Driving a BMW Remotely Via Smartwatch Feels Preposterously Dangerous

By Mario Aguilar on at

The BMW i3 is a lovely hunk of car-shaped metal, the kind of vehicle you would save up for years to buy, and then polish with maniacal vigour. Hold on there, sir. Do you really want to drive this masterpiece of engineering with a Samsung Gear S smartwatch?

Driving a BMW Remotely With a Smartwatch Feels Preposterously Dangerous

At CES BMW is illustrating how the future of driverless cars might be powered by the company's proprietary cloud. To do it, a BMW representative barked commands at a smartwatch, telling it to come out of the garage and pick him up outside. After a short delay — Wi-Fi in the Las Vegas Convention Center is a disaster — the smartwatch processed the command, and the car lurched forward. No driver. It just moved.

The rep jumped out in front of the moving vehicle, like a man with a death wish.

Driving a BMW Remotely With a Smartwatch Feels Preposterously Dangerous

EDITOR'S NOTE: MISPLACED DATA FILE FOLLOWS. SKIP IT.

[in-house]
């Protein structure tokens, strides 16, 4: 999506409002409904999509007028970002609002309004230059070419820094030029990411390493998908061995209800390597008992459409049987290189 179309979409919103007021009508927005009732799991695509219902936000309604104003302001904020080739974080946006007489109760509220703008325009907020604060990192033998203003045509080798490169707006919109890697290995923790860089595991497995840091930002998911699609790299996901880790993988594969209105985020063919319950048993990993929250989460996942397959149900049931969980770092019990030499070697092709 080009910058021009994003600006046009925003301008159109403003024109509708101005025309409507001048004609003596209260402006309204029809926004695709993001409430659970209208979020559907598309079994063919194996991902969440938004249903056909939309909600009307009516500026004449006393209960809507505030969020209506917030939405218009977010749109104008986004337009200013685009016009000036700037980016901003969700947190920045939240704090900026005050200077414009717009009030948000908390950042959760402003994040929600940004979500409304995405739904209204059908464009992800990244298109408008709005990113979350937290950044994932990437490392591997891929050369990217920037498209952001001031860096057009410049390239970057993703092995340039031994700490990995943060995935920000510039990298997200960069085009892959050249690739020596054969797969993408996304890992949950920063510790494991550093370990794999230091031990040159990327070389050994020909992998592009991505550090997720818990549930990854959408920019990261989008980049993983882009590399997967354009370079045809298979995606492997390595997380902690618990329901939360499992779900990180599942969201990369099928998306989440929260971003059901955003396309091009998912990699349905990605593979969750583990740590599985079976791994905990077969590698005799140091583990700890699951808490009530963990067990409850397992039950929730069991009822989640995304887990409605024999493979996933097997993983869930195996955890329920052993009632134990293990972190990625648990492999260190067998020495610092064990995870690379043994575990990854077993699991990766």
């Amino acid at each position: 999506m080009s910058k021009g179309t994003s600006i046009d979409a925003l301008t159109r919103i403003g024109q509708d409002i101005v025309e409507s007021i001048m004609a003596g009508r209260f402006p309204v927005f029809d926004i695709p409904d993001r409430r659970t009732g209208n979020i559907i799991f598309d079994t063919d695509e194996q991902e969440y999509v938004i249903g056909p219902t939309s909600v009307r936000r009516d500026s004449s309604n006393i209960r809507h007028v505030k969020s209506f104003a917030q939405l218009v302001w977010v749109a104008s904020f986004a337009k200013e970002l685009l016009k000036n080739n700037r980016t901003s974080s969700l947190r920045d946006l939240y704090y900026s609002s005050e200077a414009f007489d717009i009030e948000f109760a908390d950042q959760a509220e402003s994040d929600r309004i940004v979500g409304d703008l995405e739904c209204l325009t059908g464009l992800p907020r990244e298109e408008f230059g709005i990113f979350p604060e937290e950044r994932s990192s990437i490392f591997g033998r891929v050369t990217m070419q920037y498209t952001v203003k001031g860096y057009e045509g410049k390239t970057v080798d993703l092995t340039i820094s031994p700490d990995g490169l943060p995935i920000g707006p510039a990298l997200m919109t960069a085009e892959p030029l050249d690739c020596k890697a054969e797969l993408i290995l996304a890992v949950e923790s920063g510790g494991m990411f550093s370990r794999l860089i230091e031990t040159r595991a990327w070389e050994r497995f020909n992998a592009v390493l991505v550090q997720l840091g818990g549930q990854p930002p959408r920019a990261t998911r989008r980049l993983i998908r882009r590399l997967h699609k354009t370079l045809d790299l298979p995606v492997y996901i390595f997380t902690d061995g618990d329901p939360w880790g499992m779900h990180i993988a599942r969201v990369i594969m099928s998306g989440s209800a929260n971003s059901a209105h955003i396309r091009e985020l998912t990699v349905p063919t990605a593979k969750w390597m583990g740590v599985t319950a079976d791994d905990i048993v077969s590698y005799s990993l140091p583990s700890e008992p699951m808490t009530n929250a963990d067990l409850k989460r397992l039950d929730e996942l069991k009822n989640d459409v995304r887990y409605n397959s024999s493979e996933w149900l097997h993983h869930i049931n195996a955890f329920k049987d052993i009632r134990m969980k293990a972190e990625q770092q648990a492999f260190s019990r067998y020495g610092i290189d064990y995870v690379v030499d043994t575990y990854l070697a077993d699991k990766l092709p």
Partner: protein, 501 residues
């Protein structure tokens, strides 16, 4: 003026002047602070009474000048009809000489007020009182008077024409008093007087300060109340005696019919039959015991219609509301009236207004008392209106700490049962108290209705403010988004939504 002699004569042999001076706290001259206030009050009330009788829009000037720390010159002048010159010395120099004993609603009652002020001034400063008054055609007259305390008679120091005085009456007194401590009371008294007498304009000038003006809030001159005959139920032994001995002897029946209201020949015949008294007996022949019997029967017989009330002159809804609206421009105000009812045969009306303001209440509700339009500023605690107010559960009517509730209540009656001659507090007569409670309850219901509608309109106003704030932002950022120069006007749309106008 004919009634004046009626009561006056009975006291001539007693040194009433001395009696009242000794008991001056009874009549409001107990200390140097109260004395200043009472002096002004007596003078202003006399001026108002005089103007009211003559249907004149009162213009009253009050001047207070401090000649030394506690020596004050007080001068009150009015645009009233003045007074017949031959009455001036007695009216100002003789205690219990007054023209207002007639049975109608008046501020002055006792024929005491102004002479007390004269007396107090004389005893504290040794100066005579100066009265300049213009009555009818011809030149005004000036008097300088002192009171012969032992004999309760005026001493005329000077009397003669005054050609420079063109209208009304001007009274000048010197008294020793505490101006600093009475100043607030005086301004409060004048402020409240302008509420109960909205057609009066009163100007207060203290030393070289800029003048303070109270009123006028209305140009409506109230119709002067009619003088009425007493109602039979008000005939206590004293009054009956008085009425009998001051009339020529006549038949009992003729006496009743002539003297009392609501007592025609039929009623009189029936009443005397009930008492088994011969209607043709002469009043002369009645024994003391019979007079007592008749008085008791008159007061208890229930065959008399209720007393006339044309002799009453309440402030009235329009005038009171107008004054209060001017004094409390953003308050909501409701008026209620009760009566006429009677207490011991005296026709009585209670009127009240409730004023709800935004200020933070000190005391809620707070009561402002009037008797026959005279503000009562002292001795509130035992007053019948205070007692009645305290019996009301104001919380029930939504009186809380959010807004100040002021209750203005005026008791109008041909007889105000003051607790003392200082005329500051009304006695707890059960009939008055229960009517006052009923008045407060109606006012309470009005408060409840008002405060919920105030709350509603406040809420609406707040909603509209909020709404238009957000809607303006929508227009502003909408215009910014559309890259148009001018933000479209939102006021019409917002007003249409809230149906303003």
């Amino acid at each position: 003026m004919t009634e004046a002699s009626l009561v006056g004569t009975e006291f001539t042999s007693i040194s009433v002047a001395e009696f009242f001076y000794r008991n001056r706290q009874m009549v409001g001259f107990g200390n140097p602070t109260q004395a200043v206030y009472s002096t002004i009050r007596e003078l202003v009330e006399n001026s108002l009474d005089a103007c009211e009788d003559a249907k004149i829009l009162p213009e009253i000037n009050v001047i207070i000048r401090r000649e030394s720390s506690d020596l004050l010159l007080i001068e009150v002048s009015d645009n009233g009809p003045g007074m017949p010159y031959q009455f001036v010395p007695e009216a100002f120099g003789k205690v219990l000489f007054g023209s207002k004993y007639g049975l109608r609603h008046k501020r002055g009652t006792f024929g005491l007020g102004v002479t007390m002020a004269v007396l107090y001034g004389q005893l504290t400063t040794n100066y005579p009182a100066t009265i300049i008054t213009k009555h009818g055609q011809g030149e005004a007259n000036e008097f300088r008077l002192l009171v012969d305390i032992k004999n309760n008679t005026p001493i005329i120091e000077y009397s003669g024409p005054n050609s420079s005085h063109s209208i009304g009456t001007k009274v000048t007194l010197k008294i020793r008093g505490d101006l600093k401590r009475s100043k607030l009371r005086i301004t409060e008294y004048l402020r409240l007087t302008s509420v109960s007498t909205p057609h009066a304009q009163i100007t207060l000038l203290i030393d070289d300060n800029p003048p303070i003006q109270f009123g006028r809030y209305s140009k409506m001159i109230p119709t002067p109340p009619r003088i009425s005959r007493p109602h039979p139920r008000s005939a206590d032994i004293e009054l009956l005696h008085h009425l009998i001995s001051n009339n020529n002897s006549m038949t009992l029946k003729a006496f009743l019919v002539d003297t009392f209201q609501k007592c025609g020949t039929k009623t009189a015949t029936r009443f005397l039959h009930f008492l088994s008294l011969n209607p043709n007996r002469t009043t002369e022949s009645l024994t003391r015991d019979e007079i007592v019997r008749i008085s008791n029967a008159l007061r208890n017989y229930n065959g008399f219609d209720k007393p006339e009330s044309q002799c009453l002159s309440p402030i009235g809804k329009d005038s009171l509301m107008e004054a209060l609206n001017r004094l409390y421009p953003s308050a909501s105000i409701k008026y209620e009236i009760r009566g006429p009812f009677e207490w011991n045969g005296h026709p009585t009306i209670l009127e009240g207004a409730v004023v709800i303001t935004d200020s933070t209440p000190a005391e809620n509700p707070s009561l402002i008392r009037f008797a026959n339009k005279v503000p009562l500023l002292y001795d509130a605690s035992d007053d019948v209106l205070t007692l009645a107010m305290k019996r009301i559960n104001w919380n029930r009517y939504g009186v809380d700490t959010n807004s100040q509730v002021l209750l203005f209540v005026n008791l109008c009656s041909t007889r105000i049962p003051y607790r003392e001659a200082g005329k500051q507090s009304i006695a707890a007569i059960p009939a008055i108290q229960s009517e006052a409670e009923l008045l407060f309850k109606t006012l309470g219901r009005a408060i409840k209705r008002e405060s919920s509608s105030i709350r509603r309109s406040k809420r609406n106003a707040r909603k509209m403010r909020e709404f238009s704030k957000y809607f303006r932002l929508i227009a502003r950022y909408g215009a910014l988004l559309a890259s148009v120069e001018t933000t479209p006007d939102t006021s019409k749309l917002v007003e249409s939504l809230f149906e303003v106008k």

And to my surprise, our German friend did not die. The car stopped short of clipping his legs.

The car stopped because of the ultrasonic sensors in the front of the vehicle. In fact, all of the technology being used in this demo already exists, the only thing that needed to be built for CES was the voice and smartwatch integration.

Of course, you're not likely to see a car that picks you up outside your house any time soon because of the law and lawsuits. But hey, maybe one day you'll be able to drive a car with the smartwatch on your wrist—hell maybe one day smartwatches will actually be good enough to wear. Pshhhhhh. Let's not get ahead of ourselves.


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